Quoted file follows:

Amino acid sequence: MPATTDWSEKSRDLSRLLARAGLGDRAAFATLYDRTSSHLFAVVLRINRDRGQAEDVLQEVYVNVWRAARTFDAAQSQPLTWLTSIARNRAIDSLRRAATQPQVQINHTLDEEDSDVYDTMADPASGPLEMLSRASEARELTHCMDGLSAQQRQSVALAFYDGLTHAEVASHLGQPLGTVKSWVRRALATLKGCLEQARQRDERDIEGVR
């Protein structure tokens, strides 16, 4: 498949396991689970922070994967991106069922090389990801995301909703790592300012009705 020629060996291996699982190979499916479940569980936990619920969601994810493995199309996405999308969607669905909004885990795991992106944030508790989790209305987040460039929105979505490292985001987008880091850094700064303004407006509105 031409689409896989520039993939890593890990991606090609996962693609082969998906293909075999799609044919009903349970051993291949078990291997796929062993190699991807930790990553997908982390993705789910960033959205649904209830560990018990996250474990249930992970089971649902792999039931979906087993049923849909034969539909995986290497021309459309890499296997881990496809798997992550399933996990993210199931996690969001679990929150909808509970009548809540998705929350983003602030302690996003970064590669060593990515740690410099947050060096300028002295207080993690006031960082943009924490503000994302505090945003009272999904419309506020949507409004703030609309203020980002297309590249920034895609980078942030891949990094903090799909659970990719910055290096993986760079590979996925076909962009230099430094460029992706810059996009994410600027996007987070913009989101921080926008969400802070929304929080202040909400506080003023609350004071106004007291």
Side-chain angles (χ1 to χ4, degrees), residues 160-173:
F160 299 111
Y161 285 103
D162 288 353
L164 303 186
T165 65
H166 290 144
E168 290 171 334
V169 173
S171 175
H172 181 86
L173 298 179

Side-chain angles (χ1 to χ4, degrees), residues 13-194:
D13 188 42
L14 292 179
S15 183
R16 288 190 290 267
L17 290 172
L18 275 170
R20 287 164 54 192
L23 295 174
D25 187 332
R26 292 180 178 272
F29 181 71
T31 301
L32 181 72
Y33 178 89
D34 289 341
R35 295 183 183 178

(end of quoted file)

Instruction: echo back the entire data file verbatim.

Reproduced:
Amino acid sequence: MPATTDWSEKSRDLSRLLARAGLGDRAAFATLYDRTSSHLFAVVLRINRDRGQAEDVLQEVYVNVWRAARTFDAAQSQPLTWLTSIARNRAIDSLRRAATQPQVQINHTLDEEDSDVYDTMADPASGPLEMLSRASEARELTHCMDGLSAQQRQSVALAFYDGLTHAEVASHLGQPLGTVKSWVRRALATLKGCLEQARQRDERDIEGVR
């Protein structure tokens, strides 16, 4: 498949396991689970922070994967991106069922090389990801995301909703790592300012009705 020629060996291996699982190979499916479940569980936990619920969601994810493995199309996405999308969607669905909004885990795991992106944030508790989790209305987040460039929105979505490292985001987008880091850094700064303004407006509105 031409689409896989520039993939890593890990991606090609996962693609082969998906293909075999799609044919009903349970051993291949078990291997796929062993190699991807930790990553997908982390993705789910960033959205649904209830560990018990996250474990249930992970089971649902792999039931979906087993049923849909034969539909995986290497021309459309890499296997881990496809798997992550399933996990993210199931996690969001679990929150909808509970009548809540998705929350983003602030302690996003970064590669060593990515740690410099947050060096300028002295207080993690006031960082943009924490503000994302505090945003009272999904419309506020949507409004703030609309203020980002297309590249920034895609980078942030891949990094903090799909659970990719910055290096993986760079590979996925076909962009230099430094460029992706810059996009994410600027996007987070913009989101921080926008969400802070929304929080202040909400506080003023609350004071106004007291």
Side-chain angles (χ1 to χ4, degrees), residues 160-173:
F160 299 111
Y161 285 103
D162 288 353
L164 303 186
T165 65
H166 290 144
E168 290 171 334
V169 173
S171 175
H172 181 86
L173 298 179

Side-chain angles (χ1 to χ4, degrees), residues 13-194:
D13 188 42
L14 292 179
S15 183
R16 288 190 290 267
L17 290 172
L18 275 170
R20 287 164 54 192
L23 295 174
D25 187 332
R26 292 180 178 272
F29 181 71
T31 301
L32 181 72
Y33 178 89
D34 289 341
R35 295 183 183 178